Another Round of Myanmar Ceasefire Talks Set for September

Another Round of Ceasefire Talks Set for September

NCCT leader Nai Hong Sar at the meeting at the Myanmar Peace Center on Saturday. (Photo: Thaw Hein Htet / The Irrawaddy)

NCCT leader Nai Hong Sar at the meeting at the Myanmar Peace Center on Saturday. (Photo: Thaw Hein Htet / The Irrawaddy)

YANGON — The Burmese government and ethnic leaders say they will hold another round of peace talks early next month to hammer out final disagreements before setting a date for the nationwide ceasefire accord.

Leaders of the government’s Union Peace Working Committee and the ethnic’s Nationwide Ceasefire Coordination Team (NCCT) announced on Sunday that further talks would be needed after concluding three days of meetings at the Myanmar Peace Center (MPC) in Rangoon.

“We have settled many sections [in the draft single text] left from the previous [May] meeting. There are only few paragraphs left,” said Minister Aung Min, the vice-chairman of the UPWC and the head of the MPC. “I believe we can settle them in our upcoming meeting in early September. If we can agree on these paragraphs, we can set the date for the nationwide ceasefire accord.”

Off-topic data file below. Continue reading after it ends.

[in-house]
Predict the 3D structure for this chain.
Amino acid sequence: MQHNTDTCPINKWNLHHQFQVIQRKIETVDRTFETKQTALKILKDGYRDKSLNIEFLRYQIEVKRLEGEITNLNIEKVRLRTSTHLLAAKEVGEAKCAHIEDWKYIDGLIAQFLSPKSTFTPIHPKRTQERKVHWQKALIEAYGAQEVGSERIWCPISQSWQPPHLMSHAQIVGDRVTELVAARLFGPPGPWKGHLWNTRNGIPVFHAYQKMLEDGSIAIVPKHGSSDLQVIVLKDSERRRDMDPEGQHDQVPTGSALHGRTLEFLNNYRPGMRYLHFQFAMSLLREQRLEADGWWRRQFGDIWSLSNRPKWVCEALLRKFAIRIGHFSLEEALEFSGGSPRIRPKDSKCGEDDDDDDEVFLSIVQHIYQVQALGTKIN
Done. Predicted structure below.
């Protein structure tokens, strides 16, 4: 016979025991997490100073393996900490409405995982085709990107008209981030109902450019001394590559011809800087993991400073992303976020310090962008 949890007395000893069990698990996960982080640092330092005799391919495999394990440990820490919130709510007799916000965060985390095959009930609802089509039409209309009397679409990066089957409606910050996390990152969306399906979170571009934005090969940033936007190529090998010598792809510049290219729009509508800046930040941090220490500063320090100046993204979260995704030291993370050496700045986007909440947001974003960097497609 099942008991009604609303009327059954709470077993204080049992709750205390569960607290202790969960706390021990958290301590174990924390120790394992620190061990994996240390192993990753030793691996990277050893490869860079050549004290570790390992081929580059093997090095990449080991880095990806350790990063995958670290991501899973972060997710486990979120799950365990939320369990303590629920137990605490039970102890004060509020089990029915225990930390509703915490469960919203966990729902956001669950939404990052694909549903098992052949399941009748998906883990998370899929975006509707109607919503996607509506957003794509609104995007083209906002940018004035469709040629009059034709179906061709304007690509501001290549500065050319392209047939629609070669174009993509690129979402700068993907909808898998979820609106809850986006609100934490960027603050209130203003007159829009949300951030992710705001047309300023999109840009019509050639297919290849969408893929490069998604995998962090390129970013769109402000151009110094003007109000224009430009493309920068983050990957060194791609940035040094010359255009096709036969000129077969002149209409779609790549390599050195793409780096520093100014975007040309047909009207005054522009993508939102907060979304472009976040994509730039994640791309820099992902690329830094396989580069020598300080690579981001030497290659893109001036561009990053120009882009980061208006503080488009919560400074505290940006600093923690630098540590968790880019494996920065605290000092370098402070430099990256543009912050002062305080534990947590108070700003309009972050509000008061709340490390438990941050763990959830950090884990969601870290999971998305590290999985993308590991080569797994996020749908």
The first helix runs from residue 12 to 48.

Nai Hong Sar, head of the NCCT said, “All the negotiations went well, except further negotiations are needed to discuss the transition period, how many groups should participate in political dialogue, and how many groups will be signatories of the nationwide ceasefire agreement.”

In the draft text of the seven-chapter ceasefire accord, four paragraphs need further discussion, according to participants at the meetings that started Friday.

They said detailed negotiations over a federal political system would be tackled later, during political dialogue that will follow the signing of the ceasefire accord. The government has agreed that peace talks will be based on achieving a “federal system,” aimed at guaranteeing democracy, equality and self-determination for ethnic minorities.

On Monday, political parties will join the government and the NCCT at another meeting in Rangoon.


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